From a total of 75 subjects who responded to the advertisements, 40 subjects (18 male, 22 female) were enrolled in this study. Mean age and body mass index were 33 years (range, 19–59 years) and 26.1 (range, 17.5–40), respectively. All 40 subjects underwent unsedated transnasal endoscopy followed by HMII-pH off PPI. Six subjects were excluded because of a positive DeMeester score (n=3) or improper recording such as sensor noise and short duration of study (n=3). These three subjects with a positive DeMeester score were excluded. Following a 2-week course of PPI, 33 subjects underwent the second HMII-pH on PPI. Five subjects were excluded because of improper recording. As a result, complete data sets were available for 34 and 25 subjects off and on PPI, respectively (Fig. 3).
One of the 34 subjects who completed HMII off PPI had 1 LPR event, and 2 of 25 subjects who completed HMII on PPI had 1 and 3 LPR events, respectively. Based on the 95th percentile values, the normal values of LPR off and on PPI were 0 and 1, respectively. The normal value of full column reflux (2 cm distal to the cricopharyngeus muscle) was 4 for both off and on PPI. There was no significant difference in the total number of reflux events between off and on PPI (median, 22 and 24, respectively; p=0.89). The 95th percentile values of total reflux events (any reflux into the esophagus) off and on PPI were 48 and 40, respectively. Most hypopharyngeal acid exposure off and on PPI occurred in the upright position (median, 0.9 and 0.5, respectively) compared to the supine position (median, both 0). Of total reflux events, 87.4% off PPI and 80% on PPI occurred in the upright position. The values in each component of acid exposure time between off and on PPI were not significantly different (Table 2).
We defined proximal exposure as LPR combined with full column reflux. Of total reflux events into the esophagus, proximal exposure was 7% in normal subjects both off and on PPI, compared to greater than 50% in LPR patients, even though there was no significant difference in the total number of reflux events between groups (Table 3). Although most of LPR events in normal subjects were acid, nearly 40% of LPR events in LPR patients were non-acid in the hypopharynx. Thirty percent of LPR events in LPR patients were acid in the distal esophagus but turned non-acid in the hypopharynx. In terms of composition, most of LPR events in normal subjects were liquid, whereas half of LPR events in LPR patients were mixed (liquid and gas). On the other hand, there was essentially no difference in composition of full column reflux between normal subjects and LPR patients, a half of which were mixed (Table 4).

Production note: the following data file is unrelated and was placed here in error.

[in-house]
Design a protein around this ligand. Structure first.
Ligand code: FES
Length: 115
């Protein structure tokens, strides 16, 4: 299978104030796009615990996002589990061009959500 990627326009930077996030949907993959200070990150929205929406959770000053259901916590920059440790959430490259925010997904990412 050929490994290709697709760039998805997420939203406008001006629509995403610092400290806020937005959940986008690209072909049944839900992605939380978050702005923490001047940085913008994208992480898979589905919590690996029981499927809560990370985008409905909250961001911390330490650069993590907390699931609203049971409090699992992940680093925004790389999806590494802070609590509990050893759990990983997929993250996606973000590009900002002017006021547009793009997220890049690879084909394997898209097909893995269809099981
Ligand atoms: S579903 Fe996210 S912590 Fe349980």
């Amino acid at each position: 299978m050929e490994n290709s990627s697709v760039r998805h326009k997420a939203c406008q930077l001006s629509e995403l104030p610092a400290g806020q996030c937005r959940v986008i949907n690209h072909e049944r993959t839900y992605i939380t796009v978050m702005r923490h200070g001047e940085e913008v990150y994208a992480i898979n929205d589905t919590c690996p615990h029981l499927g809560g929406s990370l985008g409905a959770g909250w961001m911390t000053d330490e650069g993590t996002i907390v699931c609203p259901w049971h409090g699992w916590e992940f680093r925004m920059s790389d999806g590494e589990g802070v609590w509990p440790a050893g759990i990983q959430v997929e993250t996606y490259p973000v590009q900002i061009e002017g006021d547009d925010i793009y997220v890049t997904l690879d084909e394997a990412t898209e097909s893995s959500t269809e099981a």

The HMII values of LPR and full column reflux events in LPR patients were significantly greater than those in normal subjects despite no significant difference in the total number of reflux events between groups (Table. 5). In particular, there was no overlap of LPR values between groups (Fig. 4). The majority of proximal events such as LPR and full column reflux occurred in the upright position in both groups. Although DeMeester score in LPR patients was significantly higher than in normal subjects, a large number of LPR patients had a negative DeMeester score, which may reflect the fact that there was no significant difference in the total number of reflux events between groups.
LPR symptoms have been recognized as a common entity, affecting an estimated 20% of the adult population in the USA.18 However, laryngeal symptoms are non-specific and can be associated with smoking, toxic inhalants, environmental allergies, and postnasal discharge with or without any defined organic origin.19 As an initial diagnostic measure, it is currently recommended that patients be started on an empiric 3-month trial of high-dose PPI.19 However, PPI therapy is associated with a significant placebo effect and most controlled trials have failed to demonstrate any benefit in patients with suspected LPR related laryngeal symptoms.20,21 Two recent meta-analysis have demonstrated the absence of therapeutic benefit of PPIs in this setting.22,23 Similarly, the outcomes of surgical fundoplication in patients with laryngeal symptoms have been less effective than for patients with typical symptoms of GERD.24–28